Considering whether a family-operated bridal clothing business exercised sufficient quality control over services rendered under their trademarks to survive an abandonment challenge, the U.S. Court of Appeals for the Seventh Circuit held that the plaintiff did not, despite the fact that the plaintiff had no reason to doubt the standards employed by its licensee. Eva’s Bridal Ltd. v. Halanick Enter., Inc., Case No. 10-2863 (7th Cir., May 10, 2011) (Easterbrook, C.J.)
In 1996 Eva Sweis established a bridal clothing shop in Chicago named “Eva’s Bridal.” The successful business expanded as Eva allowed her children to open their own shops under the same name. Ultimately, the business passed to Eva’s relatives Said and Nancy Ghusein, who continued the practice of licensing the associated trademarks to relatives.
After opening an “Eva’s Bridal” shop in a Chicago suburb, the plaintiff sold the shop to relative Nayef Ghusein. The agreement between the parties required Mr. Guisein to pay Eva’s Bridal $75,000 per year for the right to use the name “Eva’s Bridal” and the associated trademarks. After the license agreement expired in 2002, Ghusein continued to use the name and marks without paying any royalty. In 2007, the plaintiff sued defendant Guisein for trademark infringement based upon his unauthorized use of the “Eva’s Bridal” marks.
The district court dismissed the suit on the ground that the plaintiff abandoned the “Eva’s Bridal” marks by engaging in naked licensing. A trademark may be found to have been abandoned if a mark owner allows others to use it without exercising reasonable control over the nature and quality of the goods or services rendered under the mark. Because the license agreement between the two parties did not contain any quality control requirements and did not give the plaintiff any authority over how the defendant’s business was conducted, the district court determined that it had been abandoned and the defendant could use it. The plaintiff appealed.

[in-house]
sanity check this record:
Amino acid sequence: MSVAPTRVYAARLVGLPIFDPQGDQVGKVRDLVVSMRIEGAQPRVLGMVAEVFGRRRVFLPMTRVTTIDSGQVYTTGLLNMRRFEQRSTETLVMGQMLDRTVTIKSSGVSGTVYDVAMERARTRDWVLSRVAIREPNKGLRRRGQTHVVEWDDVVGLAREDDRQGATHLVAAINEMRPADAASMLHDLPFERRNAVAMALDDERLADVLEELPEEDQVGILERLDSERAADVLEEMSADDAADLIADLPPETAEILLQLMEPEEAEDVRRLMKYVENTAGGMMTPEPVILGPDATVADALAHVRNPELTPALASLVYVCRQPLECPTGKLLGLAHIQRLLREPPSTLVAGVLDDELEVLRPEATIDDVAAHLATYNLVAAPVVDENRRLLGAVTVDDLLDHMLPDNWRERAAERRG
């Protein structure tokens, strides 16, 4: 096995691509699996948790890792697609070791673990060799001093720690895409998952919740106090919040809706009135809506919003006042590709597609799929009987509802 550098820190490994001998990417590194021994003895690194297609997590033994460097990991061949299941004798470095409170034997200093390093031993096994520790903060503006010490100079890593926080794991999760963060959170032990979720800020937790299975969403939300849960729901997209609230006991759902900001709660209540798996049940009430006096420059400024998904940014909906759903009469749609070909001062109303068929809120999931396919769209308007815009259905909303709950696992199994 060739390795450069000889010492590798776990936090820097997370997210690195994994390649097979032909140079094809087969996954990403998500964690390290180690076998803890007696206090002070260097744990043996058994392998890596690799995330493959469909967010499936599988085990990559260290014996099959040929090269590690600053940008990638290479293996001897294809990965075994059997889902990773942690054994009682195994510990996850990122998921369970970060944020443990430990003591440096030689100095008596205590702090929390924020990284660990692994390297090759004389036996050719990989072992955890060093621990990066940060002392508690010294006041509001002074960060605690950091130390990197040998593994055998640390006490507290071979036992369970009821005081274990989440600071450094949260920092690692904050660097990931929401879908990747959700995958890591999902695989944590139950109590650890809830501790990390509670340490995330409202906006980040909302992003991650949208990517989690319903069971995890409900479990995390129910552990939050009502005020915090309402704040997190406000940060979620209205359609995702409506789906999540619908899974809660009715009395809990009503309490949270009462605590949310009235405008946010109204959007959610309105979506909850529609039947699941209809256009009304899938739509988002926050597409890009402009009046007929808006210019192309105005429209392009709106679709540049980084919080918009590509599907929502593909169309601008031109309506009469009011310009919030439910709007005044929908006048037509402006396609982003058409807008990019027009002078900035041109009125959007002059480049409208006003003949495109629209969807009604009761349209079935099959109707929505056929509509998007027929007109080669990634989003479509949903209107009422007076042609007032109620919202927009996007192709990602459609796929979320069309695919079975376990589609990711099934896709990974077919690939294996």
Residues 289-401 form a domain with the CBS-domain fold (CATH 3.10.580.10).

On appeal, the Seventh Circuit upheld the finding of abandonment. The plaintiff argued that there was never any doubt about the high standards of the defendant and his company, so there was no reason to interfere in the defendant’s operation of his business. The court rejected this position, explaining that no legal rule requires trademark owners to ensure “high quality” goods or that “high quality” permits unsupervised licensing. Rather, the court explained, “[t]he sort of supervision required for a trademark license is the sort that produces consistent quality.” Trademark owners must exercise quality control to ensure that consumers receive a “repeatable experience.” The court did not dispute that the defendant provided high-quality services, but instead held that the plaintiff had abandoned the company’s marks because the firm had retained no control whatsoever over the defendant’s use of the marks—neither via the license agreement nor through course of performance.